Grasshopper Soup: Getting naked vs. getting dead |

Grasshopper Soup: Getting naked vs. getting dead

Bob Sweigert
Grasshopper Soup
By Bob Sweigert

Humans sure are funny. Ivy league educated lawyers in the ACLU insist that full body scans at the airport are an invasion of privacy, but have no objection to Americans parading around naked in public. In Ashland, Ore., the right to stroll through town in your birthday suit may become law, if it hasn’t already.

An out of shape senior citizen can walk naked downtown, but we can’t see grandma naked on a scanner at the airport? Is the right to public nudity more important than the right to keep privacy private? Apparently, only elite Harvard graduates know the answer.

In San Francisco, flaunting your body is given full police protection. The police are actually in charge of making sure it happens. But if it happens semi-discreetly on a full body scanner, all of a sudden the ACLU freaks out.

We scream when we think people’s rights are being taken away, but we say nothing when people lose their right to travel freely through San Francisco because the police have blocked off all the streets so a bunch of flamboyant exhibitionists can make their privacy public. The more obsessed we become about demanding our rights, the more likely it is we will deprive someone else of theirs.

The main issue here is obviously one of choice. Sometimes life gives us difficult choices, and sometimes it gives us easy choices. When traveling by air, being blown out of the sky, or having someone see us naked, is one of the easiest choices we’ll ever have to make, no matter how much we value our privacy. Can you imagine someone actually having to think about that choice for more than a split second? and#8220;Uh, gee, hmm, let me see, I think I’d rather have you see me blown to pieces with my clothes on than alive and nakedand#8221;.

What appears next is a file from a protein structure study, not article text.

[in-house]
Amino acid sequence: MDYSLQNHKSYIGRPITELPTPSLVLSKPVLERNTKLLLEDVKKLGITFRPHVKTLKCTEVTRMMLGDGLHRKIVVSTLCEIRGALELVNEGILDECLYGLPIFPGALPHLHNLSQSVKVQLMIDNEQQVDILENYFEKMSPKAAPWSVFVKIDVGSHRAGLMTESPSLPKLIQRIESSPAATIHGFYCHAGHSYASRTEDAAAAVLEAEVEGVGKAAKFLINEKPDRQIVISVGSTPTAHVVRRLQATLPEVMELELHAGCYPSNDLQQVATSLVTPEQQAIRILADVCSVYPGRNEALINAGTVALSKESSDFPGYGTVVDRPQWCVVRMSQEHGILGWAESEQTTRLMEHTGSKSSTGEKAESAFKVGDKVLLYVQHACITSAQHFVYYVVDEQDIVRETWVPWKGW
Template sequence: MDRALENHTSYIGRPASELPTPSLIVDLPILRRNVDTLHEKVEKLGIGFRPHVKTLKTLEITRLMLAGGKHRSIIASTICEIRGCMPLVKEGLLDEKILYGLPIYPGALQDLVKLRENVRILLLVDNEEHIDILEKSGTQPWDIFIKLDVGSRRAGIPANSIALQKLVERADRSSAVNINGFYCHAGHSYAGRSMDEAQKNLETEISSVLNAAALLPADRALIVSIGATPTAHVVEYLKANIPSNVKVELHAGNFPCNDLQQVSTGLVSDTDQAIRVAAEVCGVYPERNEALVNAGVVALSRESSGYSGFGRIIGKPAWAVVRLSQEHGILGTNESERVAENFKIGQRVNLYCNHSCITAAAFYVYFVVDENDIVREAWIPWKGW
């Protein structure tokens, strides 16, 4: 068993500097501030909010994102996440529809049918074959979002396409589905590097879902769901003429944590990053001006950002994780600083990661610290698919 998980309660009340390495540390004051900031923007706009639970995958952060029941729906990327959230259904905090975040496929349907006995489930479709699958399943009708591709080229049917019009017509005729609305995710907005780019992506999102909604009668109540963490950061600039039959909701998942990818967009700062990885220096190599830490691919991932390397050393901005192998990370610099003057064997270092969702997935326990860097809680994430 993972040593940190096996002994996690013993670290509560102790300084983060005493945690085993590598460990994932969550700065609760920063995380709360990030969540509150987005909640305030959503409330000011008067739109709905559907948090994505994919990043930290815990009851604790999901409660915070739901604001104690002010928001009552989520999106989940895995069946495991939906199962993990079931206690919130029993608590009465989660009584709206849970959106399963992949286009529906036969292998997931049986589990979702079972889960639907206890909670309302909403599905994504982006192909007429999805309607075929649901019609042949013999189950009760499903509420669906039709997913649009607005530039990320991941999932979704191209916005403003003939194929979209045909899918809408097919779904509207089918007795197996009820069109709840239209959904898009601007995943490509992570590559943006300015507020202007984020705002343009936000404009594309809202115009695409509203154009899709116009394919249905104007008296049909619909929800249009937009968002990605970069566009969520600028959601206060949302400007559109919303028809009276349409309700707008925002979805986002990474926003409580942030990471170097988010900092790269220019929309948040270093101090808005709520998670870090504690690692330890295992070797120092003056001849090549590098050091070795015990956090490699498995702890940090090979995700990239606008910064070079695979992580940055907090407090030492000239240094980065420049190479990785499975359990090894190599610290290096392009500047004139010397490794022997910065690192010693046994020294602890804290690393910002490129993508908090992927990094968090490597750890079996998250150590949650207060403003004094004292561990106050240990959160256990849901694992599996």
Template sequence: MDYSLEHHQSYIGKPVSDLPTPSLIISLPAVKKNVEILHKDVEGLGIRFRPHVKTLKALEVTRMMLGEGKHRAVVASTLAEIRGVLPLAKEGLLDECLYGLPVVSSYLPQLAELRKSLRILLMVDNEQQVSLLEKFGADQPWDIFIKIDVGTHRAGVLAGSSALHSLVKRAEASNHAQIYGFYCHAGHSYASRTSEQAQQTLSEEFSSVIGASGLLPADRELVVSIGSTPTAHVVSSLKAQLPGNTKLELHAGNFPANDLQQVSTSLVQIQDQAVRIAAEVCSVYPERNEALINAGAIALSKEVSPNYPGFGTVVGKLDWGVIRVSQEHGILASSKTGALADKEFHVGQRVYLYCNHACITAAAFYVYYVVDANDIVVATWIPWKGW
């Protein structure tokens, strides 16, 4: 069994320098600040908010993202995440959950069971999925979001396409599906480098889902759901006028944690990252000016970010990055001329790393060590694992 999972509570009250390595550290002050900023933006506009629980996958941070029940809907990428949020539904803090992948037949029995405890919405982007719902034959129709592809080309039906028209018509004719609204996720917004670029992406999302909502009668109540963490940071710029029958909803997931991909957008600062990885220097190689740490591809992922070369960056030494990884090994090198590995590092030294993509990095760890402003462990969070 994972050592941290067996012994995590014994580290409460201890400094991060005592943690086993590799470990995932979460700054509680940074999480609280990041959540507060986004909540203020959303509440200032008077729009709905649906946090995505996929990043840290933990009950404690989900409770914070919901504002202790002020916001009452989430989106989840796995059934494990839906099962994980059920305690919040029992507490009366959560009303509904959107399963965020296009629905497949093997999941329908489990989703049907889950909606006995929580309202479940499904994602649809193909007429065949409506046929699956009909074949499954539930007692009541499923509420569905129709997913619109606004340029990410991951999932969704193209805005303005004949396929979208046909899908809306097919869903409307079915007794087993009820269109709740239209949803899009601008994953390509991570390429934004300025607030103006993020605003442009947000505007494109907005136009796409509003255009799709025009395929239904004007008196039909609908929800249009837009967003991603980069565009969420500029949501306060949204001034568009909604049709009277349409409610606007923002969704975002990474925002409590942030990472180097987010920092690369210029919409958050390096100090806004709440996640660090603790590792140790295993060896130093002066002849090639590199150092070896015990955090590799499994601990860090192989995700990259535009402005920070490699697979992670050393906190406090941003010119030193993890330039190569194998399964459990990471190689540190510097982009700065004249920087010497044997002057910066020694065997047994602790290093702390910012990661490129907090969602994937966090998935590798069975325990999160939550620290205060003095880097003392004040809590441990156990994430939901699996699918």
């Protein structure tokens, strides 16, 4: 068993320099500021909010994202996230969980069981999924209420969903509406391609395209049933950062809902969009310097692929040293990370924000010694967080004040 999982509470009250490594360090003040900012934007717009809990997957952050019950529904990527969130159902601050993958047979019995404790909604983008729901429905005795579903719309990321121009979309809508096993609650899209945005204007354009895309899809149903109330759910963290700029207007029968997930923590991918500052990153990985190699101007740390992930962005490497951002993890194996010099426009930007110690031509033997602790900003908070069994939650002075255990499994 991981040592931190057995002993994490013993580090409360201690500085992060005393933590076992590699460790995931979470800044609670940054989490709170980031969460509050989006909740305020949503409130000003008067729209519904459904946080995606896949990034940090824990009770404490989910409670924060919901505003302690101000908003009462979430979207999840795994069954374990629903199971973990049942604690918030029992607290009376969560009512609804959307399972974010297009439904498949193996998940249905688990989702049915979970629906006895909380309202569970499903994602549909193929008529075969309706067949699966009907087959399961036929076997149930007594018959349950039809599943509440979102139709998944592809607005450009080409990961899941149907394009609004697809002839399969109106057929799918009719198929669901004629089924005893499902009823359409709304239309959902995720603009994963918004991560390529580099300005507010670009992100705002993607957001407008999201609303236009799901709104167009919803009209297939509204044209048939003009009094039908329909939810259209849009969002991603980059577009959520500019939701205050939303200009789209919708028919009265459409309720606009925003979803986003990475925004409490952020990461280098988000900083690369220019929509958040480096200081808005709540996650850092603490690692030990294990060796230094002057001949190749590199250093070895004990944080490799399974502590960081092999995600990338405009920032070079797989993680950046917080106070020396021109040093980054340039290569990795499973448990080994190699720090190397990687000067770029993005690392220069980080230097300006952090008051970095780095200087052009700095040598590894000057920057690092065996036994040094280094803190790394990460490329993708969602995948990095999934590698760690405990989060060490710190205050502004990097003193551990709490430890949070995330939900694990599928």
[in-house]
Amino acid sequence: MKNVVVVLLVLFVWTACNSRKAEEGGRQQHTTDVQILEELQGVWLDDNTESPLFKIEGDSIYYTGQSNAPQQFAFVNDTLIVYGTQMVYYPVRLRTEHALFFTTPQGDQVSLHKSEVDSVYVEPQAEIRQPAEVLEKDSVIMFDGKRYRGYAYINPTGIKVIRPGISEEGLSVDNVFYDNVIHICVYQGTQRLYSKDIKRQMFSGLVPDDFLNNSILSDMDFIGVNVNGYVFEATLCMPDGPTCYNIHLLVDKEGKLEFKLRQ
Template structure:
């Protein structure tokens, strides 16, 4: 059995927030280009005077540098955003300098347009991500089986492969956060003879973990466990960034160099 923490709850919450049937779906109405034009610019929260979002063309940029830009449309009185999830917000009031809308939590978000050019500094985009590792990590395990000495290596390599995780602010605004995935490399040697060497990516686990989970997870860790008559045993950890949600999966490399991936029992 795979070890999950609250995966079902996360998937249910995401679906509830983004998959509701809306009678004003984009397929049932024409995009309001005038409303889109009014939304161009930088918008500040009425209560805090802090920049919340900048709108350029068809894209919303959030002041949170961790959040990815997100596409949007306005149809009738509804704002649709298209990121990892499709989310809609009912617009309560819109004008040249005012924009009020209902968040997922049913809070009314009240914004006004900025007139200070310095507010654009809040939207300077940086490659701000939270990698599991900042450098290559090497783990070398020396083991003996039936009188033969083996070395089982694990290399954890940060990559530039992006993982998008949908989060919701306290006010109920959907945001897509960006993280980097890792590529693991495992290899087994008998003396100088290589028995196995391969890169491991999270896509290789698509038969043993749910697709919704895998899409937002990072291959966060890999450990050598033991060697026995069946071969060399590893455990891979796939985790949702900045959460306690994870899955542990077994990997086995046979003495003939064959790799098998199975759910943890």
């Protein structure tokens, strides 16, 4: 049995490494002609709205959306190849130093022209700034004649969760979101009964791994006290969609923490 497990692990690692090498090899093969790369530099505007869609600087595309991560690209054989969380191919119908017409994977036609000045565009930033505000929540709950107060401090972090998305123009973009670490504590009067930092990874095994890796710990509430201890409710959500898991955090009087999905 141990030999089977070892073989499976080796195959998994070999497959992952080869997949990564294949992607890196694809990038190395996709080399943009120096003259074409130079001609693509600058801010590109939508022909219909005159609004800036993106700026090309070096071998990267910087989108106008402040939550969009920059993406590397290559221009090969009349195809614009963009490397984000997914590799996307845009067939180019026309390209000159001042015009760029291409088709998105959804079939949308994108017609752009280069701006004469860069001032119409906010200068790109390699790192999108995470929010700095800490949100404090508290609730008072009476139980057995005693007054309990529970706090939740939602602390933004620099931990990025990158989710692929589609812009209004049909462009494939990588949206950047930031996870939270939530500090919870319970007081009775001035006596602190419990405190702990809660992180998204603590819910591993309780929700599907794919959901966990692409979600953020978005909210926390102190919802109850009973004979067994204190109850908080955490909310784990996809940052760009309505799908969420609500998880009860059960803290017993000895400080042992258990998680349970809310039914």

Before we board airplanes, airport security should first ask us if we are aware of the fact that humans are naked under their clothes. If that’s news to you, or if you object to that natural fact, you should be taken into custody and immediately subjected to a three month government re-education program (easy now, I’m just kidding).

But the ACLU does have a point. Private body scan images of some people are so gross we should never have to look at them, even if it is just on a scanner. But those bodies deserve protection from terrorists too, even though it appears their booty has already been terrorized enough by fast food and the forces of age and gravity.

To the enlightened mind, every human body is beautiful. In his famous book, The Prophet, Lebanese author Kahlil Gibran says, and#8220;Your clothes conceal much of your beauty, yet they hide not the unbeautifuland#8221;. Put that in your full body scanner and scan it.

Full-body scanners are now available that ensure privacy. The new technology removes all fear about the invasion of the body scanners. In place of an image of your bod, a sterile image resembling a neutered space alien appears. Eventually, airport security personnel won’t have to worry about being grossed out by your body’s complete lack of symmetry. Nor will you have to worry about them taking extra time scanning because you are a such a perfect specimen. Soon, privacy will no longer be an issue at airports, except for some. There will always be those who find something to complain about.

In other areas of life, privacy is still an issue. We all have to share public life. We need to balance the public part and the private part. Everybody has their own idea about how to do that. There are ideas out there that can make everybody happy. All we have to do is agree on whose plan is the best. We can schedule town hall meetings and go over each plan.

But we want to make sure everyone is safe and has a good time, so you can expect strip searches. Maybe that will encourage more people to participate.

Bob Sweigert is a Sierra Sun columnist, published poet, ski instructor and commercial driver. He’s lived at Lake Tahoe for 27 years.

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